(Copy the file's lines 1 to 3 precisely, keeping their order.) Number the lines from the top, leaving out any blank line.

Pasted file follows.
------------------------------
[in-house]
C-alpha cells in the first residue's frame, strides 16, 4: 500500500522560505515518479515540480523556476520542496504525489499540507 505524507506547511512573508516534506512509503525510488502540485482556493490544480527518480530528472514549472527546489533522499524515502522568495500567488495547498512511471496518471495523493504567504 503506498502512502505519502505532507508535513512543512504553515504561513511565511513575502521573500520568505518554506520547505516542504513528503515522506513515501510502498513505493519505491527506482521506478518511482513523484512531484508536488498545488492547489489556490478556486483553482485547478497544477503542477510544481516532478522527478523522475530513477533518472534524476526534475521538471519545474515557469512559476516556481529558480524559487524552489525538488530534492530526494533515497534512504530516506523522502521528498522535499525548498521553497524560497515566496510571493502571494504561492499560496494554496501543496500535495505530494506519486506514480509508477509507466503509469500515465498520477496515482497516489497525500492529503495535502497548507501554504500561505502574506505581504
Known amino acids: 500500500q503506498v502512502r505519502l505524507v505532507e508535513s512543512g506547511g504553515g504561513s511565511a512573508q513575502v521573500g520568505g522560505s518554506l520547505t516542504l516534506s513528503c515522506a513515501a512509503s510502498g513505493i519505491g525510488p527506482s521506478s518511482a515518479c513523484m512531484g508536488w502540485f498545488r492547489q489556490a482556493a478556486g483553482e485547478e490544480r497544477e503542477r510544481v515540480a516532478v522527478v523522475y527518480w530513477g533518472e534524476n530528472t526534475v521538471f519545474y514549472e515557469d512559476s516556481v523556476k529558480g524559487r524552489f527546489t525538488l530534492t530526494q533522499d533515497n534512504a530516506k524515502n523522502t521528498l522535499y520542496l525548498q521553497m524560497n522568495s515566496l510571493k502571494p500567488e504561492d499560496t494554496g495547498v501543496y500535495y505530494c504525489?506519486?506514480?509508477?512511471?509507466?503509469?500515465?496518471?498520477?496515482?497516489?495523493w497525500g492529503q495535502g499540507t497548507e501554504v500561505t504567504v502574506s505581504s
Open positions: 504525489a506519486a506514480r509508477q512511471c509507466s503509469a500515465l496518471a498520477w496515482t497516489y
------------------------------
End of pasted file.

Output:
[in-house]
C-alpha cells in the first residue's frame, strides 16, 4: 500500500522560505515518479515540480523556476520542496504525489499540507 505524507506547511512573508516534506512509503525510488502540485482556493490544480527518480530528472514549472527546489533522499524515502522568495500567488495547498512511471496518471495523493504567504 503506498502512502505519502505532507508535513512543512504553515504561513511565511513575502521573500520568505518554506520547505516542504513528503515522506513515501510502498513505493519505491527506482521506478518511482513523484512531484508536488498545488492547489489556490478556486483553482485547478497544477503542477510544481516532478522527478523522475530513477533518472534524476526534475521538471519545474515557469512559476516556481529558480524559487524552489525538488530534492530526494533515497534512504530516506523522502521528498522535499525548498521553497524560497515566496510571493502571494504561492499560496494554496501543496500535495505530494506519486506514480509508477509507466503509469500515465498520477496515482497516489497525500492529503495535502497548507501554504500561505502574506505581504
Known amino acids: 500500500q503506498v502512502r505519502l505524507v505532507e508535513s512543512g506547511g504553515g504561513s511565511a512573508q513575502v521573500g520568505g522560505s518554506l520547505t516542504l516534506s513528503c515522506a513515501a512509503s510502498g513505493i519505491g525510488p527506482s521506478s518511482a515518479c513523484m512531484g508536488w502540485f498545488r492547489q489556490a482556493a478556486g483553482e485547478e490544480r497544477e503542477r510544481v515540480a516532478v522527478v523522475y527518480w530513477g533518472e534524476n530528472t526534475v521538471f519545474y514549472e515557469d512559476s516556481v523556476k529558480g524559487r524552489f527546489t525538488l530534492t530526494q533522499d533515497n534512504a530516506k524515502n523522502t521528498l522535499y520542496l525548498q521553497m524560497n522568495s515566496l510571493k502571494p500567488e504561492d499560496t494554496g495547498v501543496y500535495y505530494c504525489?506519486?506514480?509508477?512511471?509507466?503509469?500515465?496518471?498520477?496515482?497516489?495523493w497525500g492529503q495535502g499540507t497548507e501554504v500561505t504567504v502574506s505581504s